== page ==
This blog post is not a discussion of soft targets or hard targets. It is not a discussion on arming teachers or hiring more officers in schools. This is about saving lives. When a mass shooting occurs or someone is injured by a firearm, STOP THE BLEEDING.
“Stop the bleeding” is not a slogan or a jingle. It’s a vital part of what happens after an attack or accident in which people’s lives are in danger. It doesn’t matter whether or not you carry a weapon. With just a little training, every single one of us can save a life.
When the mass shooting at Sandy Hook Elementary School occurred in 2012, 20 children and 6 adults died. If there were people on the scene who were trained in the use of a tourniquet, how many lives could have been saved?
A major injury to the arms or legs can cause someone to die within minutes. A simple tourniquet applied in a reasonable time frame can save lives. And the best part is that it’s so easy to learn even a child can do it with proper training. Seriously. The application of a tourniquet doesn’t take extensive training or a medical degree. All it takes is the availability of a tourniquet and the desire to save a life.
In an article recently published by the Journal of the American College of Surgeons, a Texas Tourniquet Study Group evaluated 1,026 patients with vascular injuries of the arms or legs who were admitted to 11 urban Level I trauma centers in Texas from 2011 to 2016. After multivariable analysis, the non-tourniquet group had almost six times greater odds of death than the group of patients who received a tourniquet. Yes, you read that right. Applying a tourniquet could increase the odds of living by that much.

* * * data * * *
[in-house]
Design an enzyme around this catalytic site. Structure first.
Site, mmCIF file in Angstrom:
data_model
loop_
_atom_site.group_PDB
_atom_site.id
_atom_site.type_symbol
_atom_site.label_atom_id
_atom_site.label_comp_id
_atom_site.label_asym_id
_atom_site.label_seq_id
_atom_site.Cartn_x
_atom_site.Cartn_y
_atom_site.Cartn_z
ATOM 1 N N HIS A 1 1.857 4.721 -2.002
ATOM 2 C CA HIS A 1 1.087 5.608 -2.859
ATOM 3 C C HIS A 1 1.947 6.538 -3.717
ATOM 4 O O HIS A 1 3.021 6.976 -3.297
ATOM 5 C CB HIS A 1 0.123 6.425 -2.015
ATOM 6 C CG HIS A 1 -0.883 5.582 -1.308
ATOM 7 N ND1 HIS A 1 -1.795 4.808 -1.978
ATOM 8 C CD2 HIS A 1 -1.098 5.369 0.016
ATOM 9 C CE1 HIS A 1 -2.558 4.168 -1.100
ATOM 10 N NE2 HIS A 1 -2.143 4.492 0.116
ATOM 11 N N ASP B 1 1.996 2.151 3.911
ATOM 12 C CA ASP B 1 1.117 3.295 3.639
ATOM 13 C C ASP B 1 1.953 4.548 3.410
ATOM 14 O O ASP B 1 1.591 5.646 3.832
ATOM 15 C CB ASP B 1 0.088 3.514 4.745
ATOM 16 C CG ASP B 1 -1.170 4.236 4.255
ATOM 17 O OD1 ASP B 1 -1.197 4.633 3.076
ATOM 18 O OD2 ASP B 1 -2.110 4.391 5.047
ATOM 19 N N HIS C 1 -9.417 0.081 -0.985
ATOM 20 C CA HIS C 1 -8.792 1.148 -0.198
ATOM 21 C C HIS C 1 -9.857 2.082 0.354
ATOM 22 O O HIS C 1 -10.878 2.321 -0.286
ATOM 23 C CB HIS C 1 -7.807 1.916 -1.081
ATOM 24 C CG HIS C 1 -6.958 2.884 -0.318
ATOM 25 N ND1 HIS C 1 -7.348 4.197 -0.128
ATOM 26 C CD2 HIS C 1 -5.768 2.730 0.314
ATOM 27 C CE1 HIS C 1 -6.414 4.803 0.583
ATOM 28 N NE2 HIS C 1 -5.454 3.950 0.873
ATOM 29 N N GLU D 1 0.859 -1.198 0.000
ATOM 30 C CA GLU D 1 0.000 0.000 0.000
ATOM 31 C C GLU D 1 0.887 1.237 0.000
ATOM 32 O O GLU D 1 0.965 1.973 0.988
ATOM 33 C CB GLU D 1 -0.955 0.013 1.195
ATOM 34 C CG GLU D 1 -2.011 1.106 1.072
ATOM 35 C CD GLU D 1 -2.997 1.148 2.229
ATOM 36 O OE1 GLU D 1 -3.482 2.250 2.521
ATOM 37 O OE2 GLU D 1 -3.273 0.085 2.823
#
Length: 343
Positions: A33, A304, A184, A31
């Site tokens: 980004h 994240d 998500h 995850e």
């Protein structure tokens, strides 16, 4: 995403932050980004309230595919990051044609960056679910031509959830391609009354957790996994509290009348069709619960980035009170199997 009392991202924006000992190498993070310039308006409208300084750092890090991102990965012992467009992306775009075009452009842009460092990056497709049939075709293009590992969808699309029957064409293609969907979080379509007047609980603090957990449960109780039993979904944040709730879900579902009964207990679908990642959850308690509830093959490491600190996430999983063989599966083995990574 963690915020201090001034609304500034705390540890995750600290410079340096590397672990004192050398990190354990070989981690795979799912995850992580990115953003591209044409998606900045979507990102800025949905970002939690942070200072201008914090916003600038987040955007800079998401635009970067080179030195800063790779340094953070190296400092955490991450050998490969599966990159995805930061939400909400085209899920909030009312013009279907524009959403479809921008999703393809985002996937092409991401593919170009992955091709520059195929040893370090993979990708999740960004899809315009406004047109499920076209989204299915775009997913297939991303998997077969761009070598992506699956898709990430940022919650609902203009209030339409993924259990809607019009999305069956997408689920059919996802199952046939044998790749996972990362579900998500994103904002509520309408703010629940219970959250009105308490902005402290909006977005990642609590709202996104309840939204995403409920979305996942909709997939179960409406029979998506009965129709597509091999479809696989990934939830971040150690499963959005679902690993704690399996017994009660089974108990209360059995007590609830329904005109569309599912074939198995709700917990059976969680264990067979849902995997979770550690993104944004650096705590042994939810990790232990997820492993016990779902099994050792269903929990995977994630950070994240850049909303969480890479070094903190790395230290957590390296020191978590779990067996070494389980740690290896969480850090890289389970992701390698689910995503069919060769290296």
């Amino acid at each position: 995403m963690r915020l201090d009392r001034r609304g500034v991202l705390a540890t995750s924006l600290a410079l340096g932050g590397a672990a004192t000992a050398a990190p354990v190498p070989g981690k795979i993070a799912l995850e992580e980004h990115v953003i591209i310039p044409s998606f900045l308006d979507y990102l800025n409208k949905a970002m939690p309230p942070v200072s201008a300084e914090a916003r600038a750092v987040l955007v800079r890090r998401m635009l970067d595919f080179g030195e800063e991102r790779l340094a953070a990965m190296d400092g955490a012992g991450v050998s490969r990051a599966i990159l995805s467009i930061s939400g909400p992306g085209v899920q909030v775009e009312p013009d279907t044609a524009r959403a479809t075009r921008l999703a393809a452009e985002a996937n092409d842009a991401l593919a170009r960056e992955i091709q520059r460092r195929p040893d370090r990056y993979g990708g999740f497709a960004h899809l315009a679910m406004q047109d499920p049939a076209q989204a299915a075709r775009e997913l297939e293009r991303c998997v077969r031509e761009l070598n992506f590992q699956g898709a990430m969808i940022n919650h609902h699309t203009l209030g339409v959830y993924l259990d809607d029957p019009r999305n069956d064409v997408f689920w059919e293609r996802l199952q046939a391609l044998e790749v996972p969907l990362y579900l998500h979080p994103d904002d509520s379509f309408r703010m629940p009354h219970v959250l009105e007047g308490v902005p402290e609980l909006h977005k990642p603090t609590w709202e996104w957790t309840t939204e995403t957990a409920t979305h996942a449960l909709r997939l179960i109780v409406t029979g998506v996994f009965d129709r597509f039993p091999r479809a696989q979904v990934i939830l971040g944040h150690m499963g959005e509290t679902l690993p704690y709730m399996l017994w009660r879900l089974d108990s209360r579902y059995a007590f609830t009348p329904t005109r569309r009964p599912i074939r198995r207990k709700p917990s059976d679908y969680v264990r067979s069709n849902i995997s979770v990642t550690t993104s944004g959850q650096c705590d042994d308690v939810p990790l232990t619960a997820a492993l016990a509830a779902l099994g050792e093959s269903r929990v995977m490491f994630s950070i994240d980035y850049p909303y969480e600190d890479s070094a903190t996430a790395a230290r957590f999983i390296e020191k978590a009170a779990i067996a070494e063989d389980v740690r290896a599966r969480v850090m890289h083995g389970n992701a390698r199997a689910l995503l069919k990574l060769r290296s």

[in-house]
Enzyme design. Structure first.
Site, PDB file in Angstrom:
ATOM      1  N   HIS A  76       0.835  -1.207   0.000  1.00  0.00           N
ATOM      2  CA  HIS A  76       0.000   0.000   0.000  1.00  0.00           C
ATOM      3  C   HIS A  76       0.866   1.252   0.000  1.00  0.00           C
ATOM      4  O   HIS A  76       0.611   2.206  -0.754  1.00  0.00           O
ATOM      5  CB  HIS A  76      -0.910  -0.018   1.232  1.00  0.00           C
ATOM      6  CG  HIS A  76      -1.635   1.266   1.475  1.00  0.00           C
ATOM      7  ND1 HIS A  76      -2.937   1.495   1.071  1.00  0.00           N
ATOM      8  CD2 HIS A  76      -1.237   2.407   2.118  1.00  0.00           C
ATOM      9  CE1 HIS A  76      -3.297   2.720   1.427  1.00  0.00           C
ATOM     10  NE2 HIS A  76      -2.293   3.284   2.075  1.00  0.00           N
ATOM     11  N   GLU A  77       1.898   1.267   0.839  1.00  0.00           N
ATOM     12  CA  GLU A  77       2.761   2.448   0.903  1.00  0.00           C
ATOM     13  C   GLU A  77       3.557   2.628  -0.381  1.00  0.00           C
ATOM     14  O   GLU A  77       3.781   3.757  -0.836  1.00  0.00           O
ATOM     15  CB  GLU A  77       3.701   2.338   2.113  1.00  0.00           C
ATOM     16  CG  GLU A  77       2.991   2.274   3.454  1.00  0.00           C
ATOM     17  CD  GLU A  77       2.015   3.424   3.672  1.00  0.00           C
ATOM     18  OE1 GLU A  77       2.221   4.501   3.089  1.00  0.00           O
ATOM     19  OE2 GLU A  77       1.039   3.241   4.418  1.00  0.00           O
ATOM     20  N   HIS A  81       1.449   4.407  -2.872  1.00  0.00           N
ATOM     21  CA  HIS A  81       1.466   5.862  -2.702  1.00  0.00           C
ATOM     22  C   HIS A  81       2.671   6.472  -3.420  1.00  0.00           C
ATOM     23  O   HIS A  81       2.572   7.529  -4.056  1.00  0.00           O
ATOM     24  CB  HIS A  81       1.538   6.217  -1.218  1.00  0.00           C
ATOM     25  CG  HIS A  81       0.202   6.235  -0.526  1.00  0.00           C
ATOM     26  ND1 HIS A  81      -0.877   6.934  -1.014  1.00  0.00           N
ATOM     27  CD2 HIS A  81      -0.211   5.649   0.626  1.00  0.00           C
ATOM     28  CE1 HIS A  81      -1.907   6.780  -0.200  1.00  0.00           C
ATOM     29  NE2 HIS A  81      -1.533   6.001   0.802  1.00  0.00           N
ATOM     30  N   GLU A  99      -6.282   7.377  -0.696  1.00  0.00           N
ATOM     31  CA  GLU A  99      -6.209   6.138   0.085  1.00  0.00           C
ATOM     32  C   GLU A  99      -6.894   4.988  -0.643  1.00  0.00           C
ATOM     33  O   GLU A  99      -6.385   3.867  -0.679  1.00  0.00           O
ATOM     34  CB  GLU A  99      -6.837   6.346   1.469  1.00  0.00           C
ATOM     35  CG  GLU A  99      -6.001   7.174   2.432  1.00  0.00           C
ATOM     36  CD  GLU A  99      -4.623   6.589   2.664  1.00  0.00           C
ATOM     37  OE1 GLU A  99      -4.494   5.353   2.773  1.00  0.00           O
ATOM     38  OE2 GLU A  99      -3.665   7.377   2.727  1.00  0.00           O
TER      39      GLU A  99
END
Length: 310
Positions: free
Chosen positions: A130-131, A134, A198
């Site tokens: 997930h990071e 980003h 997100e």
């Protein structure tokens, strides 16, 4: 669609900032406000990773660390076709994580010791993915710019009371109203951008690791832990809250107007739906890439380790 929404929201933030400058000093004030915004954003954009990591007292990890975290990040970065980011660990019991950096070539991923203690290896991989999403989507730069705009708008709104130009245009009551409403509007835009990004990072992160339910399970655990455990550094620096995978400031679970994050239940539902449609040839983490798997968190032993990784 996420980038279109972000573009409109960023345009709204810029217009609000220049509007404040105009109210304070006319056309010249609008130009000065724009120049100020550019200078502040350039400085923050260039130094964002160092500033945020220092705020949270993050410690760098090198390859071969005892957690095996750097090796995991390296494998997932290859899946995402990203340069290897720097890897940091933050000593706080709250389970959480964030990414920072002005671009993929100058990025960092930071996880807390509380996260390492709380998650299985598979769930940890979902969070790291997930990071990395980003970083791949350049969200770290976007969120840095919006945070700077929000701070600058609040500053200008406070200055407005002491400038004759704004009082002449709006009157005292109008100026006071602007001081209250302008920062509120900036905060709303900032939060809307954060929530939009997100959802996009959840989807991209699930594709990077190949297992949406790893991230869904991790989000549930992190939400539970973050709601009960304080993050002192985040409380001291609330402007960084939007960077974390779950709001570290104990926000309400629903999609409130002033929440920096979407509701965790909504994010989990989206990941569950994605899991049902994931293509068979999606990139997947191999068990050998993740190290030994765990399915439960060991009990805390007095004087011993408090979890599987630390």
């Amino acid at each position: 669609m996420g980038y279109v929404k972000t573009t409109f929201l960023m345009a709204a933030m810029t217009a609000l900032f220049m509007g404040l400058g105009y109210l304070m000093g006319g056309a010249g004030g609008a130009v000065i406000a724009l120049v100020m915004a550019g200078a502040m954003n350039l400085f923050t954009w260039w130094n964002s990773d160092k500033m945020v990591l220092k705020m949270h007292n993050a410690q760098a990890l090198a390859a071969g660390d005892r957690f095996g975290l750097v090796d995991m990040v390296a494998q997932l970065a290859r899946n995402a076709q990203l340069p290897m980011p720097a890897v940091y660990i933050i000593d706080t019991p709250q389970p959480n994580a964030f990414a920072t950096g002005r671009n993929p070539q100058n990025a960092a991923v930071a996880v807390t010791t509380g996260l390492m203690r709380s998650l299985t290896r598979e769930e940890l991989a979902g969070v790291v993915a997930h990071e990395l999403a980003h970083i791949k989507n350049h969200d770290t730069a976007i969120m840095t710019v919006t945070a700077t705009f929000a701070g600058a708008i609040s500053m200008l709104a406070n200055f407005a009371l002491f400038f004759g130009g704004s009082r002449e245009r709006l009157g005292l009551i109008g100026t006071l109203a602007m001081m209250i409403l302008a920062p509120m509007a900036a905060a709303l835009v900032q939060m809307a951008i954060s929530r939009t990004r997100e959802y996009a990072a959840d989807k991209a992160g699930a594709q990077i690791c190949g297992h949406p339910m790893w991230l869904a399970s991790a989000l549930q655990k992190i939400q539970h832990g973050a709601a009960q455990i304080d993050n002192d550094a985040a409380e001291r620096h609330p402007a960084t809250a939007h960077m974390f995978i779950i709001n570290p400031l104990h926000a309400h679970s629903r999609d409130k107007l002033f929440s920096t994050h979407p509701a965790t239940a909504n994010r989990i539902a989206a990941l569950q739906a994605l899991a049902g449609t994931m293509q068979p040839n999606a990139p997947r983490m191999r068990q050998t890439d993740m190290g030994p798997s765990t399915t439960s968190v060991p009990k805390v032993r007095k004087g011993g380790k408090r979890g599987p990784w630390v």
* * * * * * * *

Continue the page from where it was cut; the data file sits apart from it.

Stopping the bleeding can be the key to saving lives. Most schools have AEDs readily available in case a child or someone at the school has a heart attack. But for the vast majority of schools in the United States, no one has easy access to tourniquets and supplies to stop the bleeding when a traumatic injury occurs.
We all should be advocates of bleeding control training: those who carry a weapon, those who do not, teachers, administrators and students. Write to your school board about why it’s so important that they provide teachers and students the knowledge they need during an emergency situation.
Everyone should be trained in stopping blood loss, similar to how so many of us have taken a CPR course. Start by inquiring with a Red Cross location or local fire department to find out if they have a bleeding control course. You could also look for an instructor who teaches tactical casualty combat care – or TCCC – on ShootingClasses.com.
I’m passionate about this subject, and I know that together we can make a difference. If you have any questions, feel free to email me at firstname.lastname@example.org. Together there is nothing we cannot achieve.
Remember: The next life you save just might be your own.